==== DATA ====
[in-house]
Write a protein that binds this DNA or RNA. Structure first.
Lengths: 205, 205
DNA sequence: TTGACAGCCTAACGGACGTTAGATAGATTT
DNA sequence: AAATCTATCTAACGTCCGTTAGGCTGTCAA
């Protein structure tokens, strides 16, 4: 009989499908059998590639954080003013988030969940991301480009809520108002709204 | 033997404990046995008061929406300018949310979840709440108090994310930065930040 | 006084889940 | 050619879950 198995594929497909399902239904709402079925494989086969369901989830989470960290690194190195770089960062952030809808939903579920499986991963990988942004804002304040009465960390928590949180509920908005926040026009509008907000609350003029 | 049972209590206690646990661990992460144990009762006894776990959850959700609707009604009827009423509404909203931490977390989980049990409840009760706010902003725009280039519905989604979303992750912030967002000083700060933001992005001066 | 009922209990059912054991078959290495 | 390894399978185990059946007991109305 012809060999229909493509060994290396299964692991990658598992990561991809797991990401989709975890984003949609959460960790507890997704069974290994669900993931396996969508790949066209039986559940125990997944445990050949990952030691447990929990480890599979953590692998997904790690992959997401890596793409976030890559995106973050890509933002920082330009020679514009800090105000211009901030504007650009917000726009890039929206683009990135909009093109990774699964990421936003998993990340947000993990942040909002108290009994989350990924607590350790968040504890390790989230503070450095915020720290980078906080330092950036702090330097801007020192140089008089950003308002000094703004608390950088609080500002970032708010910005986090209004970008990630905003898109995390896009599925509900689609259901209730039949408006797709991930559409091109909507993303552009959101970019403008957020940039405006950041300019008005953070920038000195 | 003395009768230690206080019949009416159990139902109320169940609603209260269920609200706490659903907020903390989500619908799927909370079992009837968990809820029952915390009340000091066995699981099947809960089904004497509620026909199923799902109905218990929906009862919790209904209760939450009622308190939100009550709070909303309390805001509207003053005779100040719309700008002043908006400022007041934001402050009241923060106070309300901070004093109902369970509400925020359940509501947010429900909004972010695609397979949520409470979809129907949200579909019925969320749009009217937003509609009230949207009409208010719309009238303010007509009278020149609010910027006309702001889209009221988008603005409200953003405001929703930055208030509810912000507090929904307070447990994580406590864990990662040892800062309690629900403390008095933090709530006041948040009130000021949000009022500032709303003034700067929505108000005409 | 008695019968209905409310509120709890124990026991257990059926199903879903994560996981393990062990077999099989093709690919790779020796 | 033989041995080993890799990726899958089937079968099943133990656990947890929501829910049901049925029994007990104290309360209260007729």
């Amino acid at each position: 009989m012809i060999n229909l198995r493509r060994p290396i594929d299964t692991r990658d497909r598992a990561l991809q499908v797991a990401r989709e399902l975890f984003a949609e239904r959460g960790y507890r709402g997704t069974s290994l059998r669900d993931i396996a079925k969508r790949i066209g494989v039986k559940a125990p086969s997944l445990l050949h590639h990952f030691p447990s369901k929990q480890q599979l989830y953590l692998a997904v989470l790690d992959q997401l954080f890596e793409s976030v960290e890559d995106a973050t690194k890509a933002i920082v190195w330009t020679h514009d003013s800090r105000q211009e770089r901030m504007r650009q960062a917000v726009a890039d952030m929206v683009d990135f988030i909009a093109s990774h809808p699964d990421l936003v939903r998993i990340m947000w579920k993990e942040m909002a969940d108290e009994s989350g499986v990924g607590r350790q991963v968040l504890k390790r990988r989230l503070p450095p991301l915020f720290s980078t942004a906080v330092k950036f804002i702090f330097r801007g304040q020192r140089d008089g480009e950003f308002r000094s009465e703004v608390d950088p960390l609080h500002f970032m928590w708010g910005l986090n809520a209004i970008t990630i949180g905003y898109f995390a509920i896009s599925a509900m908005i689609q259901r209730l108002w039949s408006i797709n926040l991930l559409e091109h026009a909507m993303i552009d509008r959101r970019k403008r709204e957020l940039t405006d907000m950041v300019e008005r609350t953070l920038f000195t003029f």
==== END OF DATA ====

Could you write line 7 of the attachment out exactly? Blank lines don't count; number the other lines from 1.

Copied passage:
């Amino acid at each position: 009989m012809i060999n229909l198995r493509r060994p290396i594929d299964t692991r990658d497909r598992a990561l991809q499908v797991a990401r989709e399902l975890f984003a949609e239904r959460g960790y507890r709402g997704t069974s290994l059998r669900d993931i396996a079925k969508r790949i066209g494989v039986k559940a125990p086969s997944l445990l050949h590639h990952f030691p447990s369901k929990q480890q599979l989830y953590l692998a997904v989470l790690d992959q997401l954080f890596e793409s976030v960290e890559d995106a973050t690194k890509a933002i920082v190195w330009t020679h514009d003013s800090r105000q211009e770089r901030m504007r650009q960062a917000v726009a890039d952030m929206v683009d990135f988030i909009a093109s990774h809808p699964d990421l936003v939903r998993i990340m947000w579920k993990e942040m909002a969940d108290e009994s989350g499986v990924g607590r350790q991963v968040l504890k390790r990988r989230l503070p450095p991301l915020f720290s980078t942004a906080v330092k950036f804002i702090f330097r801007g304040q020192r140089d008089g480009e950003f308002r000094s009465e703004v608390d950088p960390l609080h500002f970032m928590w708010g910005l986090n809520a209004i970008t990630i949180g905003y898109f995390a509920i896009s599925a509900m908005i689609q259901r209730l108002w039949s408006i797709n926040l991930l559409e091109h026009a909507m993303i552009d509008r959101r970019k403008r709204e957020l940039t405006d907000m950041v300019e008005r609350t953070l920038f000195t003029f």